This section examines the economic costs of the 1975–90 Lebanese civil war and its effects on the country's prospects for growth. The first subsection measures the value of output forgone owing to the war, and the second examines the implications for the path of future Lebanese growth of the drastic war-induced shrinkage of real output. The final subsection analyzes the growth consequences of the wartime destruction of capital, which yielded cross-sectoral imbalances in the stocks of physical and human capital. Four key conclusions arise from this work. First, the loss of output during 1975–93 is at least LL 98 billion at constant 1974 prices, or about 24 times the value of Lebanon's 1993 real GDP (at constant 1974 prices). Second, the length of time it will take Lebanon to reattain its prewar (1974) real per capita output level is partly contingent on the magnitude of the gap between 1993 measured and potential output and on how quickly this gap can be closed. Assuming that half this gap is closed in 1994 and that real per capita GDP will grow by 6 percent a year thereafter, Lebanon could close the remaining gap during the year 2000. Third, the transition from Lebanon's low postwar real per capita income level (estimated for 1993 to be about 48 percent of its 1974 value) to its steady-state level is likely to take several generations to complete, although three-fourths of the initial gap could be closed by about 2023 if high growth rates are achieved. Fourth, given that the civil war destroyed relatively more of Lebanon's stock of physical capital than of its human capital, the potential exists for Lebanon's real per capita income to approach its steady-state level at an even more rapid rate than that given above.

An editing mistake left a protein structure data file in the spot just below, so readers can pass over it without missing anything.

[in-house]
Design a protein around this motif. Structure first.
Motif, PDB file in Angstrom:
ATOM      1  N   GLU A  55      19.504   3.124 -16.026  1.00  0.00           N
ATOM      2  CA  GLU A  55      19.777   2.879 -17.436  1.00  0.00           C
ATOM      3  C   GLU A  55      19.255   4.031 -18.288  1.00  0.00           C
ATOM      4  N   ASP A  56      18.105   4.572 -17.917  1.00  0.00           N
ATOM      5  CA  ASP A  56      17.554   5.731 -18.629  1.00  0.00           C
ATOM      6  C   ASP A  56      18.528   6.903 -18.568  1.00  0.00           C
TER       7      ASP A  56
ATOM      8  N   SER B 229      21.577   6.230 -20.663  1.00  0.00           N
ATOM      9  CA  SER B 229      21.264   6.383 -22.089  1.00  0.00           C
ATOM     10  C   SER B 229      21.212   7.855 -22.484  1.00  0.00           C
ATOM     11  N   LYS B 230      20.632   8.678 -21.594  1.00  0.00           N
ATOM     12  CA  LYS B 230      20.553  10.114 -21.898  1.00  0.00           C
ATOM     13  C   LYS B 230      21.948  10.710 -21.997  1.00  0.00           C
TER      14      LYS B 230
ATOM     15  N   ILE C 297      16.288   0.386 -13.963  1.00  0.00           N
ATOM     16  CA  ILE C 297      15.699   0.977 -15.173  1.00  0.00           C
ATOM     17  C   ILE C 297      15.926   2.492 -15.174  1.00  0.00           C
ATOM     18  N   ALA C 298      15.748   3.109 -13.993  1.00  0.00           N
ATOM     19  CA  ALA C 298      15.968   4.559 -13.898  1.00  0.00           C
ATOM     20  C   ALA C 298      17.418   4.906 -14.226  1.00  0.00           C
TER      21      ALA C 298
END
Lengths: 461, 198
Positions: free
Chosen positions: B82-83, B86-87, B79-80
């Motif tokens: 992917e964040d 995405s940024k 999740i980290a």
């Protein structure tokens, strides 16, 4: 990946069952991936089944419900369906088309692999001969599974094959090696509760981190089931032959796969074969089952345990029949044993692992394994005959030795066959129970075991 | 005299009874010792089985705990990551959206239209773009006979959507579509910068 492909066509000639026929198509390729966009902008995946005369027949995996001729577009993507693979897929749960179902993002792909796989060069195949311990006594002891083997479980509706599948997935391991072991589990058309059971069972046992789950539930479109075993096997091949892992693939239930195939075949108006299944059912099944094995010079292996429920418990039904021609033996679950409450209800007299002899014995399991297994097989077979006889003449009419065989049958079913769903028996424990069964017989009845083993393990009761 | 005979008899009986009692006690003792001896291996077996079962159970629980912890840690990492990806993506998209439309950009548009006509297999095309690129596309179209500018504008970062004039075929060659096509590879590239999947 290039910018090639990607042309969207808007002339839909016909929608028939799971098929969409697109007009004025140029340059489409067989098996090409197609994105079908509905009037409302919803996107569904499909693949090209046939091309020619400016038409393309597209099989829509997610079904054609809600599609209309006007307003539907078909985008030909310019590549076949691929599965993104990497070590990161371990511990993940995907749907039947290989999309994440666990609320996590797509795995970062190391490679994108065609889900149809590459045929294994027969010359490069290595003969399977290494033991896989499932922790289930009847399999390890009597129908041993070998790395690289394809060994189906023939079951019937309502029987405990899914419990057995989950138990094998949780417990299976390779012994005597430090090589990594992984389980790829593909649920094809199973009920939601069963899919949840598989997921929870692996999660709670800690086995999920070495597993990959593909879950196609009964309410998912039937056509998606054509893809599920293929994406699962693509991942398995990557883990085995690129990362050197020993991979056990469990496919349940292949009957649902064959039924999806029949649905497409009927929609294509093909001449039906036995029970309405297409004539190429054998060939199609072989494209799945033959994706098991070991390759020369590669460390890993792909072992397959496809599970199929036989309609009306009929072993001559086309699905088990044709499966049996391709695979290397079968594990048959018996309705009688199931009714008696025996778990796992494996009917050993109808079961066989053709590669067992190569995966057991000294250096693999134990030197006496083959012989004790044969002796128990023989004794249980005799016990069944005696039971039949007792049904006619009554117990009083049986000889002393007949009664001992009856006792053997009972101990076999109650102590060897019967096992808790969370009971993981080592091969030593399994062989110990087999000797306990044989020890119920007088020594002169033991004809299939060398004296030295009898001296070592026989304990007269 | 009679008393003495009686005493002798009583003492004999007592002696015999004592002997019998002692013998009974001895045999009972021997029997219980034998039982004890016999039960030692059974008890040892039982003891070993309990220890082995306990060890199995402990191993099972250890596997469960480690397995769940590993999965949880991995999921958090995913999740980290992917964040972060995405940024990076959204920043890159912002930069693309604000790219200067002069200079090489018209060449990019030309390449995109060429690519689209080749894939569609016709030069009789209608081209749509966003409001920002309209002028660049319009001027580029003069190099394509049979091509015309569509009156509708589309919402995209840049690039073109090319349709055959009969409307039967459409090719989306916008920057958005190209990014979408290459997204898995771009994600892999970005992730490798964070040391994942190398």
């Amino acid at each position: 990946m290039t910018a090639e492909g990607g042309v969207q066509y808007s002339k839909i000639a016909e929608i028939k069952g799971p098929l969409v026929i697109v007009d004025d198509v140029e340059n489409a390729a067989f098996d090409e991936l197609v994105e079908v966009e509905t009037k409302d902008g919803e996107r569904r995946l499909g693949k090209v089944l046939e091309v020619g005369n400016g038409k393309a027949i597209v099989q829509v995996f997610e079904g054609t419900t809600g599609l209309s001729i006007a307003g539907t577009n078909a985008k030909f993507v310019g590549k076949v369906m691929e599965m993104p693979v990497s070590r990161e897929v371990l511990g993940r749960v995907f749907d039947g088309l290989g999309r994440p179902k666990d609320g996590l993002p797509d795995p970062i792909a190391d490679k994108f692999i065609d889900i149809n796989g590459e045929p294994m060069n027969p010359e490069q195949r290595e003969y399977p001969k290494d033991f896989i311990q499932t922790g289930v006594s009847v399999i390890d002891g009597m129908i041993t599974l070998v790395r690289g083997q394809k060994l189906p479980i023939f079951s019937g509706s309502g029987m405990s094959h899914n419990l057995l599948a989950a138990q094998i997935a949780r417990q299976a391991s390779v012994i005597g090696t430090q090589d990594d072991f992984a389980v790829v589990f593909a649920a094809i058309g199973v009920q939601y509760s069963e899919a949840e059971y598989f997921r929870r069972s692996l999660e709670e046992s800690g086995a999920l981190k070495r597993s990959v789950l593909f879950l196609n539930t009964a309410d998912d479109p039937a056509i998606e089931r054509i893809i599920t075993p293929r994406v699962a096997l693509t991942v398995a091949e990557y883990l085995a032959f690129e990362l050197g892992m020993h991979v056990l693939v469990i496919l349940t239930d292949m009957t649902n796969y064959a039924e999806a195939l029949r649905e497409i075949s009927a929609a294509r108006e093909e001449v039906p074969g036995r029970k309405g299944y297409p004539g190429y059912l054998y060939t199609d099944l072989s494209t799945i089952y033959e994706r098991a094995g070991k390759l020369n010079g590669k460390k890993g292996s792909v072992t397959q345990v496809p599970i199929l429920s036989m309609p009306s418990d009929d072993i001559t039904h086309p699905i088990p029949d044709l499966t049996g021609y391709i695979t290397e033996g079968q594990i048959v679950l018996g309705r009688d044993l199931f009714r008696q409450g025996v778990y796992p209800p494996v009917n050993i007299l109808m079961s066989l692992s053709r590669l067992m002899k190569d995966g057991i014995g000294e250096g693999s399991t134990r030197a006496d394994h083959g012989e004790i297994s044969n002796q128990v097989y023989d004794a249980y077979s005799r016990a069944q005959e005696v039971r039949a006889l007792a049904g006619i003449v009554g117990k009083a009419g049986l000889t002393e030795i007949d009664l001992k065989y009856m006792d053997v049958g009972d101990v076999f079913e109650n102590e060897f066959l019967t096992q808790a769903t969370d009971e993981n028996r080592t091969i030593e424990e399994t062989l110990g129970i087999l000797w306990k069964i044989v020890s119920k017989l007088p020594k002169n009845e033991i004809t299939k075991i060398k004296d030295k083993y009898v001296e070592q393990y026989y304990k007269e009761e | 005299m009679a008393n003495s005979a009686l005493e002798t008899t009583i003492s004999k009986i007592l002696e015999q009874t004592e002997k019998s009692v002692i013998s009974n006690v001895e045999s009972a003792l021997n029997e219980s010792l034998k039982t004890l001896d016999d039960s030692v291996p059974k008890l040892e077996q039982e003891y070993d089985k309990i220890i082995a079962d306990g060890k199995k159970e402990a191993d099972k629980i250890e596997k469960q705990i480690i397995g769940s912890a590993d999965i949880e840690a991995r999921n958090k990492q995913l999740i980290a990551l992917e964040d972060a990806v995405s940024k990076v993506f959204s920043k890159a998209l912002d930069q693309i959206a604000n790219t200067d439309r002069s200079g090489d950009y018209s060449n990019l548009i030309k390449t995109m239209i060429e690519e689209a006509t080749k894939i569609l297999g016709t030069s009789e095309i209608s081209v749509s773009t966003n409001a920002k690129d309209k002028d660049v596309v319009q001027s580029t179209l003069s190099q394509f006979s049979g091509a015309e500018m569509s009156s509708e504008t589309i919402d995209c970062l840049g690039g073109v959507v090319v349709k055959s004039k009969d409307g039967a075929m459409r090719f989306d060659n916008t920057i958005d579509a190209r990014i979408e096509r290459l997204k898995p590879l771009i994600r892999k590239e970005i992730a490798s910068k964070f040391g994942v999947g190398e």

Mr. Jose Martelino, Mr. S. Nuri Erbas, Mr. Adnan Mazarei, Ms. Sena Eken, and Mr. Paul Cashin